Memoir is an area of non-fiction that often get lost in Library collections. Memoirs are similar to biographies and autobiographies, but with one significant difference that sets them apart.
A Biography tells the true story of a person’s entire life. Written by someone other than the subject, a biography tells a life story of from birth to death (or the present time) and all the events and facts in the story are verifiable.
An Autobiography is a biography written about the author’s own life. They tell their own story. Just as in a biography all the events and facts are verifiable, and they tell their complete life story – from birth to the current time.
A Memoir is most similar to an autobiography except its about a much smaller segment of time. It tells the story of a specific event, story arc, or time period in the author’s life. This is what makes memoirs so unique. Its the true story story of how a person dealt with an event in their own life, and lived to tell the tale. Memoirs can be found in just about anyplace in the Library’s collection, and on any topic.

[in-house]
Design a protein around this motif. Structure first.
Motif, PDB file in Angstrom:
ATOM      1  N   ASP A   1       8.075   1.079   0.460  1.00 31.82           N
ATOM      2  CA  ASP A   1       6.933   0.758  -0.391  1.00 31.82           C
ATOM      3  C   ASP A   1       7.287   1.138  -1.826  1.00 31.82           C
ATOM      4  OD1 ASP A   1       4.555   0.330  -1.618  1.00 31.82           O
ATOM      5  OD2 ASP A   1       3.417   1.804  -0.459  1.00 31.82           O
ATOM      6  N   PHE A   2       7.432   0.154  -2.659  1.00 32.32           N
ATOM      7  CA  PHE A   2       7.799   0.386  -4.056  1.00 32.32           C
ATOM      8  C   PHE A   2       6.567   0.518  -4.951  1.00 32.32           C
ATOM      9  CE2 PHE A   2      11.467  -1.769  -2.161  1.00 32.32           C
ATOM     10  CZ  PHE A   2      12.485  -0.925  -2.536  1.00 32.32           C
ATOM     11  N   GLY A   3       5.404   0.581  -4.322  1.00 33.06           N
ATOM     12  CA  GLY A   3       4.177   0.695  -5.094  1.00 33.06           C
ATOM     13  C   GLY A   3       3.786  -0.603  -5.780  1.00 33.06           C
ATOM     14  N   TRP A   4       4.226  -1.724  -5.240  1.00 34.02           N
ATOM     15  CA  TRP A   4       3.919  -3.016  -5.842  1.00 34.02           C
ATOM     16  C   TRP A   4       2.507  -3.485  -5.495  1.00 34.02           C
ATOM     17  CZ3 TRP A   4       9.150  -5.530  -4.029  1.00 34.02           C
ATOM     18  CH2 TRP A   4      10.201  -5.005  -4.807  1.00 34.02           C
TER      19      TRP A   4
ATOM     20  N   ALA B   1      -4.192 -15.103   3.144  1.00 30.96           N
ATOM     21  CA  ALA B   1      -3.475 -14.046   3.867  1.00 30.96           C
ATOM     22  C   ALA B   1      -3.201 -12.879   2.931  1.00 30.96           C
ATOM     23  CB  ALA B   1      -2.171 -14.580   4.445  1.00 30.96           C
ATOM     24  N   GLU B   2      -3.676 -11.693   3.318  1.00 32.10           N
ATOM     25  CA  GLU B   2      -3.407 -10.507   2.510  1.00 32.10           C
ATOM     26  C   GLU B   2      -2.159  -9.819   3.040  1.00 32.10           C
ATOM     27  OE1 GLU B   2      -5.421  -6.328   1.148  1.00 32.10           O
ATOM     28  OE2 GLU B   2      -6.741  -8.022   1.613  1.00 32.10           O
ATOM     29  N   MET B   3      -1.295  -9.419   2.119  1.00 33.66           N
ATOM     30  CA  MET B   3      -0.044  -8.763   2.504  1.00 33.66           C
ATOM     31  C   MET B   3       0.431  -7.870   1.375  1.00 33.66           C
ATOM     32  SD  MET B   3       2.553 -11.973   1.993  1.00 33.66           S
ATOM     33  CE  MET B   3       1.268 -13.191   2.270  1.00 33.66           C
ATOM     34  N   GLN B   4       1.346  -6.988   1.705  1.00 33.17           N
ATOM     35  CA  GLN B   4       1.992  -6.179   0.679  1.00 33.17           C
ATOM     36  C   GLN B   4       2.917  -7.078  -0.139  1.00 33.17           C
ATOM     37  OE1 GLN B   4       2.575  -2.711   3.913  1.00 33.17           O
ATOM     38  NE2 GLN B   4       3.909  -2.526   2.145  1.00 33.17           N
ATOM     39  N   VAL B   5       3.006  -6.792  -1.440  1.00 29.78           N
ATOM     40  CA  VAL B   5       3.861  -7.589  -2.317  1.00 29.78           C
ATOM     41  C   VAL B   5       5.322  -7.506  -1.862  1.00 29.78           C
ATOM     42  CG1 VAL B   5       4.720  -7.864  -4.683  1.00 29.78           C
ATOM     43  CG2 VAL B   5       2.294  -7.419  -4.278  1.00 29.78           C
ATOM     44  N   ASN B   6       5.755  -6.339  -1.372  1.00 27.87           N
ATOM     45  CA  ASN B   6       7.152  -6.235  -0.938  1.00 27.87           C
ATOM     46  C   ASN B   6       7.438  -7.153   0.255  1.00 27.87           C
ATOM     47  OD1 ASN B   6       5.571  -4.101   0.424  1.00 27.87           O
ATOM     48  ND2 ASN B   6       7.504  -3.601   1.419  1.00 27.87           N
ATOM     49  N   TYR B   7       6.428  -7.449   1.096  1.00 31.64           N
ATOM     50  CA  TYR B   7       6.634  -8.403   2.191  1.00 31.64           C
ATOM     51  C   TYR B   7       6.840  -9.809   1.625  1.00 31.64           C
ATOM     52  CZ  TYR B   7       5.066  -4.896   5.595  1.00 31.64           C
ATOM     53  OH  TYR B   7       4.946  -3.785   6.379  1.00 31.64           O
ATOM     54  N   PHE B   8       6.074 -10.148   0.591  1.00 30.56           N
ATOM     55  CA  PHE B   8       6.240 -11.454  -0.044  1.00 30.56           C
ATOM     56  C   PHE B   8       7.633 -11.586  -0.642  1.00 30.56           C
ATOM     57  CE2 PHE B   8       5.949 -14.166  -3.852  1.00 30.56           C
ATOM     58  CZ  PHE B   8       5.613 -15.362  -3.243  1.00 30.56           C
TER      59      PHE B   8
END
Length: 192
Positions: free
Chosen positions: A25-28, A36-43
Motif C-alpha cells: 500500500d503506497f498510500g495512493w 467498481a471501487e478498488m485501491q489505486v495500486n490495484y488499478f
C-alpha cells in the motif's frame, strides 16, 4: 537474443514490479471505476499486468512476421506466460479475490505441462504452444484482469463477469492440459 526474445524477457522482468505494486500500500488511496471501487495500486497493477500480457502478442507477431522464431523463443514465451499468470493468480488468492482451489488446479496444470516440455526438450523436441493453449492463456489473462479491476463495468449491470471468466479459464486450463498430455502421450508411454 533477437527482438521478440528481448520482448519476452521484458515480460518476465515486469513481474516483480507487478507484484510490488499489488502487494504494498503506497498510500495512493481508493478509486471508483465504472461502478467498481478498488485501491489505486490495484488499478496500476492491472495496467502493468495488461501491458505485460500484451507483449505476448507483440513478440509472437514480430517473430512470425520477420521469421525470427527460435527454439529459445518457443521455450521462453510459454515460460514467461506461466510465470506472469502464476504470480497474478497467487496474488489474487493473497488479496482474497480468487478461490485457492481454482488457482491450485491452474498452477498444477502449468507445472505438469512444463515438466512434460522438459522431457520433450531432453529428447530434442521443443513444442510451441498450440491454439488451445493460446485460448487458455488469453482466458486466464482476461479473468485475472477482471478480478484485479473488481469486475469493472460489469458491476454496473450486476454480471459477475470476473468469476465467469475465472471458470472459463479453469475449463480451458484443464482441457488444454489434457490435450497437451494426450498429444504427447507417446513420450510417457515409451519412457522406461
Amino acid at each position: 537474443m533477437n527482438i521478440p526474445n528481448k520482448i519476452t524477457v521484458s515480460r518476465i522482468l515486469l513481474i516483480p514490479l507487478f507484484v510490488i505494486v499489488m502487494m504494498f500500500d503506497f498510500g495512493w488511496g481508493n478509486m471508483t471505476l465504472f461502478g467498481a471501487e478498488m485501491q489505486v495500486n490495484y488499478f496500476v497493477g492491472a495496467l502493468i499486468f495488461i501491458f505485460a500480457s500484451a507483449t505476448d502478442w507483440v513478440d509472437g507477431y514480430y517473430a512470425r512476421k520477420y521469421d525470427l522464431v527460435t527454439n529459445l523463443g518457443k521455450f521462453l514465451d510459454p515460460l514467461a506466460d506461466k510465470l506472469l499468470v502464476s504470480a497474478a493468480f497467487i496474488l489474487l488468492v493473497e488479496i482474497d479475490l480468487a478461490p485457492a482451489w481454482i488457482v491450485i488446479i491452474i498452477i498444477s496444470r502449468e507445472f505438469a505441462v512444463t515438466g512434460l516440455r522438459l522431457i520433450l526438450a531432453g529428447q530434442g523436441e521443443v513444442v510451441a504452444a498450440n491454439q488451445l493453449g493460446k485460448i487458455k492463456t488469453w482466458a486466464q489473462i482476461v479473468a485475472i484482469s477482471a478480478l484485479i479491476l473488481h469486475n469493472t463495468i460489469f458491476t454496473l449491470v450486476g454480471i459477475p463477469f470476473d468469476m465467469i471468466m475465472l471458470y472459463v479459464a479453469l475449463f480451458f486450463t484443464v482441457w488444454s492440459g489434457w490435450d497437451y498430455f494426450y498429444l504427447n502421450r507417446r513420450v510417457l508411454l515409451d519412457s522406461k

We put up a new display of Memoirs on the 2nd floor today. Some of the titles include:
Banished: surviving my years in the Westboro Baptist Church. by Lauren Drain with Lisa Pulitzer.
Dan gets a minivan: life at the intersection of dude and dad by Dan Zevin. Bring on the two kids, overweight pooch, and a wife with a great full time job and Dan morphs into one great stay at home dad.
Escape by Carolyn Jessop with Laura Palmer. How a young woman, raised in an FLDS community, and married as a teenager to a man 32 years her senior eventually gets strong and finds a way out of the FLDS for herself and her 8 children.
A Family in Paris: stories of food, life and adventure by Jane Paech. Stories from the six years this Australian family spent living in Paris.
It sucked and then I cried: how I had a baby, a breakdown, and a much needed margarita by Heather B. Armstrong.
King Peggy: an American secretary, her royal destiny, and the inspiring story of how she changed and African Village by Peggielene Bartels and Eleanor Herman. How she went from a secretary in DC to King of a fishing village in Africa.
On the outside looking Indian: how my second childhood changed my life by Rupinder Gill. Describes Gill’s descision at the age of 30 to have the childhood she couldn’t growing up in a restrictive, traditional Indian household.
Talking to girls about Duran Duran: one young man’s quest for true love and a cooler haircut by Rob Sheffield. Being a teen ager in the 80’s meant the birth of MTV, John Hughes teen angst movies, and marking every step you took toward adulthood with pop culture references.